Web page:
that he would appoint a black lawyer to that new position.
    interpreted in Nipper and SCLC. Specifically, the district court held
    that Florida’s interests in (1) maintaining the judicial model
    established by its Constitution, (2) preserving the territorial link
    between its judges’ electoral districts and jurisdictions, and (3)
    preventing the racial stigmatization of its judiciary collectively
    outweighed Davis’s interest in adopting her proposed remedy to
    ameliorate the effects of racially polarized voting. Then, the district
    court ruled that it could not accept Davis’s modified subdistricting
    plan    because     her   proposal      constituted   racially-conscious
    redistricting that was not justified by any compelling interest.
                               II. DISCUSSION
           Davis challenges both the district court’s holding that Florida’s
    interest in preserving its judicial election system outweighs her
    interest in a remedy for racially polarized voting and its ruling that
    her proposed subdistricting remedy is impermissibly race-conscious.
    We discuss each issue in turn.
         As part of any prima facie case under Section Two, a plaintiff
    must demonstrate the existence of a proper remedy. See SCLC, 56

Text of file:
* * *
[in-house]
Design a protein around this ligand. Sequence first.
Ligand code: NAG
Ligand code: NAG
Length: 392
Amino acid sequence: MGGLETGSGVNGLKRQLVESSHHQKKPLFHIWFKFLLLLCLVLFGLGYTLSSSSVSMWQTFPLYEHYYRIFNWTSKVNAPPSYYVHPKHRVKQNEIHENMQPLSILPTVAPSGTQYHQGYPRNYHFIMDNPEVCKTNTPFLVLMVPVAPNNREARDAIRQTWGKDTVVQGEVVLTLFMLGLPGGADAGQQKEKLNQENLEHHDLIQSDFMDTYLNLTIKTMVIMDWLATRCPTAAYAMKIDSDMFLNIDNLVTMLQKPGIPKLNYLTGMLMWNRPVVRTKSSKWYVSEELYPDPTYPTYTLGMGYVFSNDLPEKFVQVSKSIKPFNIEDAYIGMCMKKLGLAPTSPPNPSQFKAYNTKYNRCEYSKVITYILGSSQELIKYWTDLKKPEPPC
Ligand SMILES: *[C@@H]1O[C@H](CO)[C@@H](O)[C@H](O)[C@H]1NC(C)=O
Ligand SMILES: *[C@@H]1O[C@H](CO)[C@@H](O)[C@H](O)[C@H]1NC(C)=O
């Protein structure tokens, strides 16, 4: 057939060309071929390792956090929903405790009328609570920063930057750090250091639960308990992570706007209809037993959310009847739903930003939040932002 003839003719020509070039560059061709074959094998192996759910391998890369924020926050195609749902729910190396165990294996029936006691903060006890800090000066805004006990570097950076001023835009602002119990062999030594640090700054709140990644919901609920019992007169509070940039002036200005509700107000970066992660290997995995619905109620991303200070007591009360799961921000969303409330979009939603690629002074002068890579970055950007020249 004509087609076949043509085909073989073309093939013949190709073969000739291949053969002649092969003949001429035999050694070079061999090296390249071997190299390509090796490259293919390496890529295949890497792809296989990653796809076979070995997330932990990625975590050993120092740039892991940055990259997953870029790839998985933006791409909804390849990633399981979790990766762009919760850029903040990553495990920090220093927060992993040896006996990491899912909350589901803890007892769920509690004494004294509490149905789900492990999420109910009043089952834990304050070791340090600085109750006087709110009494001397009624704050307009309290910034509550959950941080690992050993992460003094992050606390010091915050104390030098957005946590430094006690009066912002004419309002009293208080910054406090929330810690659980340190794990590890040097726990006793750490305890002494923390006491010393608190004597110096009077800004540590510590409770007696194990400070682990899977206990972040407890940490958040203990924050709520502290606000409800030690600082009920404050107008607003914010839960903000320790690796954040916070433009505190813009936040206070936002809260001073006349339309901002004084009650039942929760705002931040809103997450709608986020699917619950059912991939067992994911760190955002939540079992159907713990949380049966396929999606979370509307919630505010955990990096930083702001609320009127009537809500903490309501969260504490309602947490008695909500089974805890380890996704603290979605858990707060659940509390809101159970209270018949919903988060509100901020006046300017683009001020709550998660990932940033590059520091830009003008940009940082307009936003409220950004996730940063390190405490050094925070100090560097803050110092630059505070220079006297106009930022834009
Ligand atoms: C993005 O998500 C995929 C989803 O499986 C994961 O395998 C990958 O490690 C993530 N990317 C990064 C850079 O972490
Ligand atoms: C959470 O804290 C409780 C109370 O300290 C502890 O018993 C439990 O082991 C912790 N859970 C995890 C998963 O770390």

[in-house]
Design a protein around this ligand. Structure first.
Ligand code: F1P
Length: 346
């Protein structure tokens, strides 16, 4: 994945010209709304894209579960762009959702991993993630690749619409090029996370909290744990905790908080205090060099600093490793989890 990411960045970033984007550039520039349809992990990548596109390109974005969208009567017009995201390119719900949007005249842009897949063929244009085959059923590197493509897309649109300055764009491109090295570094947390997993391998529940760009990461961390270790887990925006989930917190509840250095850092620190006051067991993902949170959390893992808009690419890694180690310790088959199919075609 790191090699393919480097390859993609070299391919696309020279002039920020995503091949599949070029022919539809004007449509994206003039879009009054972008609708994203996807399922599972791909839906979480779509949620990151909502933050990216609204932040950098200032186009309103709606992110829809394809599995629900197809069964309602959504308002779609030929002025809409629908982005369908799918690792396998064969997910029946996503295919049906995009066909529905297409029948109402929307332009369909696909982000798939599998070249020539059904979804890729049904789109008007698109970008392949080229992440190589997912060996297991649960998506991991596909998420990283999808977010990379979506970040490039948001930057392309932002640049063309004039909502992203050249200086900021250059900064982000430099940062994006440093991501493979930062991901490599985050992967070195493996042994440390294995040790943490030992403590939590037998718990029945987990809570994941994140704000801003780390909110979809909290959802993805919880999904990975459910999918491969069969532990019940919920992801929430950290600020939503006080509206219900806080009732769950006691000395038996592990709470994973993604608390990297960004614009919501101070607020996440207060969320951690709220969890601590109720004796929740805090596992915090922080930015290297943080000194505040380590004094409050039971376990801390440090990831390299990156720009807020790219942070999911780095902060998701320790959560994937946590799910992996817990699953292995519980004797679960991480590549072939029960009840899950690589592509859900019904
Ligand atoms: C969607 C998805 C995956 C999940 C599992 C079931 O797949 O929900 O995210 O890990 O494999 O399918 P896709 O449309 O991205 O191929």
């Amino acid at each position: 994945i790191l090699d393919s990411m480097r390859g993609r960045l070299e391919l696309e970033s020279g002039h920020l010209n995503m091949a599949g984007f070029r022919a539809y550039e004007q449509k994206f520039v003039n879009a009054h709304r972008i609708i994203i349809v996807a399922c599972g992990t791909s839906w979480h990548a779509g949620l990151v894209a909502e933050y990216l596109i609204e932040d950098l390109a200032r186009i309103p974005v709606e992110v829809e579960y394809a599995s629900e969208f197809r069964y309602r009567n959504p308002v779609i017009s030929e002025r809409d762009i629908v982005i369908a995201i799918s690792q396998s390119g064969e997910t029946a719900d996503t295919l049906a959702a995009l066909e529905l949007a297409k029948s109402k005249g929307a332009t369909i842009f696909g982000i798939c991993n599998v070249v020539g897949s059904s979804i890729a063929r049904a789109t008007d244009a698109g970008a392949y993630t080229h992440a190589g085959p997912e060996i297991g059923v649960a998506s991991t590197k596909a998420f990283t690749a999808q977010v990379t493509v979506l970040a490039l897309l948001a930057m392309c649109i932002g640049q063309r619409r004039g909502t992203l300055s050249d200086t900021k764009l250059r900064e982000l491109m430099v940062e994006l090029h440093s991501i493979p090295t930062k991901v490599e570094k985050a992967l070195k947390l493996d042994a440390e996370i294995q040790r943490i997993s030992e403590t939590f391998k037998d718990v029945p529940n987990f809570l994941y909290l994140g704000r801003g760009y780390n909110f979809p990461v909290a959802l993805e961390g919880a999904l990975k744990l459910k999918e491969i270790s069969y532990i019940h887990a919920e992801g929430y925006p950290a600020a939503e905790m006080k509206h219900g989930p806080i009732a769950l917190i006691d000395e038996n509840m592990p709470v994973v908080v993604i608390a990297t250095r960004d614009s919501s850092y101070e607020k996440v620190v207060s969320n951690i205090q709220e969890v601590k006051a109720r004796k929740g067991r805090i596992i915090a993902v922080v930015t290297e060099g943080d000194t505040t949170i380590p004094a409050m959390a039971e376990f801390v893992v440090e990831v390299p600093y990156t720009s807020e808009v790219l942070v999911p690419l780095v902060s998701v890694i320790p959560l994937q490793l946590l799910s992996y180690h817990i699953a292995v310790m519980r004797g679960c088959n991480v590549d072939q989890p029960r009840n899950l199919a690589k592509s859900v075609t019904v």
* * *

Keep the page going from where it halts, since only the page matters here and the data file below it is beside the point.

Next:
F.3d at 1289, 1294-97; Nipper, 39 F.3d at 1530-31 (plurality
    opinion), 1547 (Edmondson, J., concurring).14        In assessing a
    plaintiff’s proposed remedy, a court must look to the totality of the
    circumstances, weighing both the state’s interest in maintaining its
    election system and the plaintiff’s interest in the adoption of his
    suggested remedial plan. See Houston Lawyers’ Ass’n. v. Attorney
    General of Tex., 
    501 U.S. 419
    , 426, 
    111 S. Ct. 2376
    , 2381, 115 L.
    Ed. 2d 379 (1991). Although the district court found that black
    voters in the Second Circuit and Leon County suffered from racially
    polarized voting, it concluded that Florida’s interests, as previously
          Our en banc court established this principle as part of our
    Section Two jurisprudence in our interpretation of the first
    Gingles factor in Nipper. See Nipper, 39 F.3d at 1530-31 (plurality
    opinion); see also Nipper, 39 F.3d at 1547 (Edmondson, J.,
    described, in (1) protecting the judicial model established by its
    Constitution, (2) preserving linkage between its judges’ jurisdictions
    and electoral bases, and (3) avoiding racial stigmatization of its
    judicial system outweighed Davis’s interest in her proposed remedy.
    As a result, the court held that Davis had not demonstrated the
    existence of an appropriate remedy and therefore had failed to set
    forth a Section Two violation under our circuit’s jurisprudence. We
    review the district court’s factual findings regarding Davis’s proposed
    remedy for clear error and its analysis of law de novo. See Gingles,
    478 U.S. at 79, 106 S. Ct. at 2780-81; SCLC, 56 F.3d at 1291.
    1. Interference with Florida’s Constitution
         The district court detailed in its opinion a number of ways in
    which Davis’s proposed remedy would contravene the Florida